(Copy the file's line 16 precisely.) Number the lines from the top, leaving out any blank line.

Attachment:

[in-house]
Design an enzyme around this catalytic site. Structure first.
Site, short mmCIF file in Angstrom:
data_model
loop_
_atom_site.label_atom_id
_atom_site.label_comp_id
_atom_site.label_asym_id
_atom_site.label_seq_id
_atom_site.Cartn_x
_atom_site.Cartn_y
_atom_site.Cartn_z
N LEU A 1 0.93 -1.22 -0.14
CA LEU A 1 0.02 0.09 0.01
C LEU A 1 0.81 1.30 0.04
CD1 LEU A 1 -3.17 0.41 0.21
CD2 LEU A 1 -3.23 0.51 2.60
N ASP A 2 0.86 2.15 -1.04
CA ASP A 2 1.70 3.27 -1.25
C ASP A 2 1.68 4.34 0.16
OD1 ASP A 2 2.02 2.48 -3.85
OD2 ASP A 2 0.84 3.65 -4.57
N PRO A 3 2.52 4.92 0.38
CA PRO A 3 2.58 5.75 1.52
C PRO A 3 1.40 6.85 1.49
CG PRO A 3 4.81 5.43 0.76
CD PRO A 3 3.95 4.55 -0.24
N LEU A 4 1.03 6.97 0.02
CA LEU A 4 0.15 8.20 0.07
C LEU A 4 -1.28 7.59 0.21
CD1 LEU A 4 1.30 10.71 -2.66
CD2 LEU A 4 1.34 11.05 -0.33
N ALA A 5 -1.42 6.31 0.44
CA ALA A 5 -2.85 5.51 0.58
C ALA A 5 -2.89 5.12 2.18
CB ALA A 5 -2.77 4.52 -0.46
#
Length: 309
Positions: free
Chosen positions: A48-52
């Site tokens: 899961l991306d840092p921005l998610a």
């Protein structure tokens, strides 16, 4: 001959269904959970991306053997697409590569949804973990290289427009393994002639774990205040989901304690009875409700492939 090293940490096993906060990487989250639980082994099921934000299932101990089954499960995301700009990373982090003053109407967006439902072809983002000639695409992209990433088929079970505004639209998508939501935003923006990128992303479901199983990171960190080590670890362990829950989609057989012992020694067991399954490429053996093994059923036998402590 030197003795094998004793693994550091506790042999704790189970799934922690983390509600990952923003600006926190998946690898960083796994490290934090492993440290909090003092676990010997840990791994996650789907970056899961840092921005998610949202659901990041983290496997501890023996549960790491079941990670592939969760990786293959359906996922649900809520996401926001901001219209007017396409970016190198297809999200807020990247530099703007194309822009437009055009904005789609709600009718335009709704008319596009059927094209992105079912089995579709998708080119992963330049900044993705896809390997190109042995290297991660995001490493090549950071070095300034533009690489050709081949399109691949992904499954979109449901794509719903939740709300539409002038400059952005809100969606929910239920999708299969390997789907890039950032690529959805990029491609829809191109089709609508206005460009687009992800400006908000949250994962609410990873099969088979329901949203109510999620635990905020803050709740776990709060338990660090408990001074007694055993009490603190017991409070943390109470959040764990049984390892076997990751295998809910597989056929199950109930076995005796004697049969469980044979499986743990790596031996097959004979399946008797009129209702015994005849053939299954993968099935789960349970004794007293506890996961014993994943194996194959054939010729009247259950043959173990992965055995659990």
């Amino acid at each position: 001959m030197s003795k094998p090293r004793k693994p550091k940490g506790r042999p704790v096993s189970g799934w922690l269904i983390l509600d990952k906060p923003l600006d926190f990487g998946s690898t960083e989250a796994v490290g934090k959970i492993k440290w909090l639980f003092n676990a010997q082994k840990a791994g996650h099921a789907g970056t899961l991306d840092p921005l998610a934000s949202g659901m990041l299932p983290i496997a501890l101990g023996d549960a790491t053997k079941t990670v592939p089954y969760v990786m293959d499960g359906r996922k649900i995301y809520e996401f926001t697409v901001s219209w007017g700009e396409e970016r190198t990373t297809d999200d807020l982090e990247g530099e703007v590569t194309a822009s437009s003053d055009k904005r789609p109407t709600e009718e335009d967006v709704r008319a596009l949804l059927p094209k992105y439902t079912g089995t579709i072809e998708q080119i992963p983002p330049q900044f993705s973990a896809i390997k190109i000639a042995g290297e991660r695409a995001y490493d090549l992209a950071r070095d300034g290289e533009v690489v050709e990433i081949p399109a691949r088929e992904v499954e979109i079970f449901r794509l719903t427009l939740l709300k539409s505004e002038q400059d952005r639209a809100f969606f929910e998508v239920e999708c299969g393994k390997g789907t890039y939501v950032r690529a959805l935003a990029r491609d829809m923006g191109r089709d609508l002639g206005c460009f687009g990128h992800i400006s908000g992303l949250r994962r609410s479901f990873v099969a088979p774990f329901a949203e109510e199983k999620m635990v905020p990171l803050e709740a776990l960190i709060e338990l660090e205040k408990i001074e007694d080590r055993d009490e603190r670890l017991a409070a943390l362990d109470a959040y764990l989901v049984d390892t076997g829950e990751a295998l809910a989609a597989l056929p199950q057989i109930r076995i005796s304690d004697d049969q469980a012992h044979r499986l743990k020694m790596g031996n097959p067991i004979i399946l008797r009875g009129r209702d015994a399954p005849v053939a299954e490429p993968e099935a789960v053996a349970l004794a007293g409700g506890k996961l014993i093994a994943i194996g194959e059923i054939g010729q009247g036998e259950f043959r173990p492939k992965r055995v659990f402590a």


CD1 LEU A 1 -3.17 0.41 0.21